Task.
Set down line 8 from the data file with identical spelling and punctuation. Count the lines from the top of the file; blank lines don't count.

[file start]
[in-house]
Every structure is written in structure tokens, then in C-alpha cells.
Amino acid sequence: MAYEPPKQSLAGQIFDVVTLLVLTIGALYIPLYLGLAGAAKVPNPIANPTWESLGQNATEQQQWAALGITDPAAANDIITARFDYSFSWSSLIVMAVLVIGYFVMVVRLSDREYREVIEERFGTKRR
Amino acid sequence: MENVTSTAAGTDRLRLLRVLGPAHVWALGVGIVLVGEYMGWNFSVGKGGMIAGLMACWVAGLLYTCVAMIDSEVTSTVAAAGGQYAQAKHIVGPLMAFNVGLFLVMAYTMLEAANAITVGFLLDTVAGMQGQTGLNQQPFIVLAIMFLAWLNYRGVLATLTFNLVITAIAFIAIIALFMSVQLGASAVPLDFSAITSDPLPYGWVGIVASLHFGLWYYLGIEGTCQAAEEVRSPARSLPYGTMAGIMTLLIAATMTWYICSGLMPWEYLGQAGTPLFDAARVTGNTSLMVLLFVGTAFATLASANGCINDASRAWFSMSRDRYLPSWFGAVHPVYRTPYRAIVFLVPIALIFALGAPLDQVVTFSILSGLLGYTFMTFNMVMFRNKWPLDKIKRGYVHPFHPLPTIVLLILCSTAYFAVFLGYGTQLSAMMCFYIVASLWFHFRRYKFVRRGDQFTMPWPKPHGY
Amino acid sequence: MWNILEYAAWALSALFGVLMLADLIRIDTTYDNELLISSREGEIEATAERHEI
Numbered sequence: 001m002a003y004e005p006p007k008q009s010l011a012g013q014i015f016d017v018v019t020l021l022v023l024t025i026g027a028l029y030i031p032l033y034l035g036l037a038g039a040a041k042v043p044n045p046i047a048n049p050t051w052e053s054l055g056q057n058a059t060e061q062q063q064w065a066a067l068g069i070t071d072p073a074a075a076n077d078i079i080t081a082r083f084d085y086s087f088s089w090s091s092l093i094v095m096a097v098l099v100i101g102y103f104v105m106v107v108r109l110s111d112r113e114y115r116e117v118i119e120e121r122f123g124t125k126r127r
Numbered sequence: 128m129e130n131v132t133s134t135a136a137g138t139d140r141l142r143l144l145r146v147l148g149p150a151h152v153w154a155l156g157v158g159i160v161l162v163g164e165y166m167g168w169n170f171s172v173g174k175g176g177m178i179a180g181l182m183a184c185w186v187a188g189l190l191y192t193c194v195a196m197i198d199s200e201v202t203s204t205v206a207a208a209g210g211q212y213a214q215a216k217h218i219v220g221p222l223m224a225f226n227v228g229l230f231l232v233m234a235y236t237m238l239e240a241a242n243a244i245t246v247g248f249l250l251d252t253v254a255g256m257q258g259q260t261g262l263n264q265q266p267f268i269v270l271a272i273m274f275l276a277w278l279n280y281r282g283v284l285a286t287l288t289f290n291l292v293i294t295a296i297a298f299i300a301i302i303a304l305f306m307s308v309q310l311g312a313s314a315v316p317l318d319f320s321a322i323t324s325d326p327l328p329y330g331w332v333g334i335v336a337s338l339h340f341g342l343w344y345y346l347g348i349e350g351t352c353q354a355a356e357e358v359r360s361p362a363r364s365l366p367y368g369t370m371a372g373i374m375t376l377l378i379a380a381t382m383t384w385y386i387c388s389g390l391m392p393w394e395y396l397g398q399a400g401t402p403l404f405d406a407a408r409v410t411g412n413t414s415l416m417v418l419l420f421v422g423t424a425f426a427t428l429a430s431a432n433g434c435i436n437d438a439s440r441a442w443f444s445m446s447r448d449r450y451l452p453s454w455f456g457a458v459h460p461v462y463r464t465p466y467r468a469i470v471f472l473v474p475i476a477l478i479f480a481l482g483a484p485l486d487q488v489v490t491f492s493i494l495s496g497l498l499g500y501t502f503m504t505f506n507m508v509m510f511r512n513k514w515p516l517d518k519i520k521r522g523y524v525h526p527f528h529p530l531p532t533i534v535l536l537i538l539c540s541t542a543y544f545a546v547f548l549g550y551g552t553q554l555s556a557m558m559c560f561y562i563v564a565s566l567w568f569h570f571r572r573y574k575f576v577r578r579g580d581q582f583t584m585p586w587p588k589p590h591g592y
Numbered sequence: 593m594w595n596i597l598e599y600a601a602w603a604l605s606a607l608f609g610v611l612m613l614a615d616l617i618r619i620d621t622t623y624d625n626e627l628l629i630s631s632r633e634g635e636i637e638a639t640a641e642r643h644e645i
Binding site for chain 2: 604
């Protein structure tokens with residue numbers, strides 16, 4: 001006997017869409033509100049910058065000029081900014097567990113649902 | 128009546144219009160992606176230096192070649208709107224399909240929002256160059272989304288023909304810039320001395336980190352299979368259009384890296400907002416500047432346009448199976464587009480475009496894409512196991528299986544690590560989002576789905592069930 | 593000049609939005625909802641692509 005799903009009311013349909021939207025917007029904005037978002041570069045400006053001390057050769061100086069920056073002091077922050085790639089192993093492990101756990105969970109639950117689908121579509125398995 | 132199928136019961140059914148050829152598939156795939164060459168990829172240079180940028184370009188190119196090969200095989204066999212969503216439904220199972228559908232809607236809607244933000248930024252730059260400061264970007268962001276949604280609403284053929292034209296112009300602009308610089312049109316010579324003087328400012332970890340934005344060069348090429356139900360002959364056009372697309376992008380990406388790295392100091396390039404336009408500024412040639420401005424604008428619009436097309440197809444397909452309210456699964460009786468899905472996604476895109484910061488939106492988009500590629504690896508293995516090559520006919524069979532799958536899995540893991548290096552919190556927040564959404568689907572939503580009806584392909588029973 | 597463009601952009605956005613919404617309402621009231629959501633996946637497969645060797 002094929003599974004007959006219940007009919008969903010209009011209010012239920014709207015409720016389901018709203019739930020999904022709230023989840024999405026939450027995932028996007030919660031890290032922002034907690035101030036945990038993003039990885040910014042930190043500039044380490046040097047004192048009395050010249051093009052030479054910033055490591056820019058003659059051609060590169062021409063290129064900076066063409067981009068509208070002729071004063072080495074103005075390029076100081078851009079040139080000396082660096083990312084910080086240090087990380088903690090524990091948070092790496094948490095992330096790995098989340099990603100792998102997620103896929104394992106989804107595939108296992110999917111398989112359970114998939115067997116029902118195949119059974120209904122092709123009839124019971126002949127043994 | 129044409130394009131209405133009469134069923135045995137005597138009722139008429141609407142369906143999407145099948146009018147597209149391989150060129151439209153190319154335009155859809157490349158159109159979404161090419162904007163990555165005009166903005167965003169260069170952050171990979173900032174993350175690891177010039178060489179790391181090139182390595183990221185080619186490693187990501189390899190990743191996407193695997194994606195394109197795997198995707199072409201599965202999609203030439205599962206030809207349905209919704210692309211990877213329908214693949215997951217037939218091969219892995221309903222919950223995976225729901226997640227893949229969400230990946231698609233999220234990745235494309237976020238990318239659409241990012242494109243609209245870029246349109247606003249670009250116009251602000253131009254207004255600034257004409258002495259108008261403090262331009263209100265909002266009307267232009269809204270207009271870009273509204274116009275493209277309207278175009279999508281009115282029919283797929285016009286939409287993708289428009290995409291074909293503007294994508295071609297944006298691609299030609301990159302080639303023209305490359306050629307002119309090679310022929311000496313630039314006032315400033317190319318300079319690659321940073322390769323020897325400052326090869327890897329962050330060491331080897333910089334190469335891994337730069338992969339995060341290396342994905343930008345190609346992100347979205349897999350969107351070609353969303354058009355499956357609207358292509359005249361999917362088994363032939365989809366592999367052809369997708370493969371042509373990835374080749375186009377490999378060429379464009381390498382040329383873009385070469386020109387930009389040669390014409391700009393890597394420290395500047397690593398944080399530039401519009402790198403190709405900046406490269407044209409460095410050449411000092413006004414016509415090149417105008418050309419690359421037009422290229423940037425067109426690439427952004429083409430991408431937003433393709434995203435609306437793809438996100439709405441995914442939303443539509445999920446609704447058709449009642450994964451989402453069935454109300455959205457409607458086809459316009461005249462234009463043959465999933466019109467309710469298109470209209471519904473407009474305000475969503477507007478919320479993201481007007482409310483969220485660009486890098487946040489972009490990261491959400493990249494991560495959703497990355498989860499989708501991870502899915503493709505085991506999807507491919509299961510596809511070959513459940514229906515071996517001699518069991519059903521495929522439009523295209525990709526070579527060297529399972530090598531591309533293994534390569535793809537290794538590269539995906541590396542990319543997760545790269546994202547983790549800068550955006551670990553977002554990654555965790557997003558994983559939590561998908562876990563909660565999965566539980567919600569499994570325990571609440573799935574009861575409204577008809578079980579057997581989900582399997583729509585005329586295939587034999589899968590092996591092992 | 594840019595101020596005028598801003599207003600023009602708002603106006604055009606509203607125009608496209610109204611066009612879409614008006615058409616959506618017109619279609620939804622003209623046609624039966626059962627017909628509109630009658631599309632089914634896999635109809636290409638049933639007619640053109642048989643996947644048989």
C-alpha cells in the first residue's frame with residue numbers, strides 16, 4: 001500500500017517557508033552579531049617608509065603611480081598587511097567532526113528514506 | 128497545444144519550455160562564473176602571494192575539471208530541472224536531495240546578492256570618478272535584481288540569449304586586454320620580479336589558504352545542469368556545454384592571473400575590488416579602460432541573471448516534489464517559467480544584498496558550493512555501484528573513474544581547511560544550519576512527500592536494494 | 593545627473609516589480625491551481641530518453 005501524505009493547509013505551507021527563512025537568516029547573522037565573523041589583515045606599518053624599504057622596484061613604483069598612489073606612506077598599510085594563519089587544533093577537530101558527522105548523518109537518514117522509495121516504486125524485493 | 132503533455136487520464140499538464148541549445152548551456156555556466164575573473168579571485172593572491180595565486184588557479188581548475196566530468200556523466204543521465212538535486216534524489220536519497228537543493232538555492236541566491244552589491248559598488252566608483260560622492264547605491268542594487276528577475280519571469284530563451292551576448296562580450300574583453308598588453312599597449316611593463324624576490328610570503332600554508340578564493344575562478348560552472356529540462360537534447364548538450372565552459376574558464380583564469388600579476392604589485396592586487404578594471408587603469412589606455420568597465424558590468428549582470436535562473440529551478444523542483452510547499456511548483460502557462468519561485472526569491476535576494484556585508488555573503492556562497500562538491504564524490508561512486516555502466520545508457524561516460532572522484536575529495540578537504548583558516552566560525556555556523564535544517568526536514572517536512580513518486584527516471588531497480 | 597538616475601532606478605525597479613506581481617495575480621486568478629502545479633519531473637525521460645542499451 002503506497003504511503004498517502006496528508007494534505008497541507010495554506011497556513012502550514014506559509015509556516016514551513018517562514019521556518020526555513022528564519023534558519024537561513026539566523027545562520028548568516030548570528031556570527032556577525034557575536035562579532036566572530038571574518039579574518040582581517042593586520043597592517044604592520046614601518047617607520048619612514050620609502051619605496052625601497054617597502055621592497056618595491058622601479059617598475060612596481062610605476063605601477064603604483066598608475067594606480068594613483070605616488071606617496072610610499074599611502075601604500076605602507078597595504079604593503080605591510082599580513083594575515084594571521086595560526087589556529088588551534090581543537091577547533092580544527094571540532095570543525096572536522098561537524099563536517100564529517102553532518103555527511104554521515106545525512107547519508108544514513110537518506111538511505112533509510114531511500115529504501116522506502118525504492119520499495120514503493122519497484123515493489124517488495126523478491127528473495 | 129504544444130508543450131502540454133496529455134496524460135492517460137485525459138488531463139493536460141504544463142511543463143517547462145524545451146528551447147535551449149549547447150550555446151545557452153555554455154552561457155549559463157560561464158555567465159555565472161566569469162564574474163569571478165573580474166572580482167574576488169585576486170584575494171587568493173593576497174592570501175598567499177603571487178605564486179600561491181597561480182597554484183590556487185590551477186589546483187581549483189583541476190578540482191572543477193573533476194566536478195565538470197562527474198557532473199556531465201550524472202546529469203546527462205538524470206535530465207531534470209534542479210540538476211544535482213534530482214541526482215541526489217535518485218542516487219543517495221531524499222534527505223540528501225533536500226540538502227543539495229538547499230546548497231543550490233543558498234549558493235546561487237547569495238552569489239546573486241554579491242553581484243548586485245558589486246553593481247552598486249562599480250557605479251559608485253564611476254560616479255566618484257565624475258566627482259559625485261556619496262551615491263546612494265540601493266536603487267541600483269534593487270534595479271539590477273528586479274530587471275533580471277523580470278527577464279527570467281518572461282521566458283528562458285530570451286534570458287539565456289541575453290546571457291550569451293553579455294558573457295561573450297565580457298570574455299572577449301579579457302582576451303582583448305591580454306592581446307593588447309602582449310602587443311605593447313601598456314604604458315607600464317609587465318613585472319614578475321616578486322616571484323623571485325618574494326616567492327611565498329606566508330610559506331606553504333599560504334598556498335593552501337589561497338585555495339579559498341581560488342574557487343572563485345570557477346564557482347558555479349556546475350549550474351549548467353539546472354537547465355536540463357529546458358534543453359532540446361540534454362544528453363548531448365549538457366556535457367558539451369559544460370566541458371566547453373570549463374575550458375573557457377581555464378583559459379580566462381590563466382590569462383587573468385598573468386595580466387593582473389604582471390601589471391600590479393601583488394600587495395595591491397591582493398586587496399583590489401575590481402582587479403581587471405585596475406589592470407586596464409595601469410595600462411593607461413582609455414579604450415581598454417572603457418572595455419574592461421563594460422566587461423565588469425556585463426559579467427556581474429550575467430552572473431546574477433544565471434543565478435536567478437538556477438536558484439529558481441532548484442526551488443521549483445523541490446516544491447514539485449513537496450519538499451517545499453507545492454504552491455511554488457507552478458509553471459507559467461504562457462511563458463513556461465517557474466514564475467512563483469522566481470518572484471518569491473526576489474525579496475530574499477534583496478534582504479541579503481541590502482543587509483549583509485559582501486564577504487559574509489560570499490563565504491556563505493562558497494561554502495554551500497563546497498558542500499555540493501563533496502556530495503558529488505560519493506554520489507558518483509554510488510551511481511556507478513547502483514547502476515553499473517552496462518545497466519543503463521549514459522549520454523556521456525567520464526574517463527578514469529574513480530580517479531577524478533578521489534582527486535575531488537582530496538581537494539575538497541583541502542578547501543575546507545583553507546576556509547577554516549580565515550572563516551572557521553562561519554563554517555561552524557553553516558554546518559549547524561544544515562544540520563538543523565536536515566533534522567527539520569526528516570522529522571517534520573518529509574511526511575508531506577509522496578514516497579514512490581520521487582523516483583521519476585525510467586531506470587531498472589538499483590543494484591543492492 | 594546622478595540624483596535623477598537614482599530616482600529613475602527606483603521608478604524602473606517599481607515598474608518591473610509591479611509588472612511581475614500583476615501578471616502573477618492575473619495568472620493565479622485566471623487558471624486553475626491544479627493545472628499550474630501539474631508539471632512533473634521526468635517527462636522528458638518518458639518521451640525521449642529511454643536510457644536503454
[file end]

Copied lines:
Numbered sequence: 593m594w595n596i597l598e599y600a601a602w603a604l605s606a607l608f609g610v611l612m613l614a615d616l617i618r619i620d621t622t623y624d625n626e627l628l629i630s631s632r633e634g635e636i637e638a639t640a641e642r643h644e645i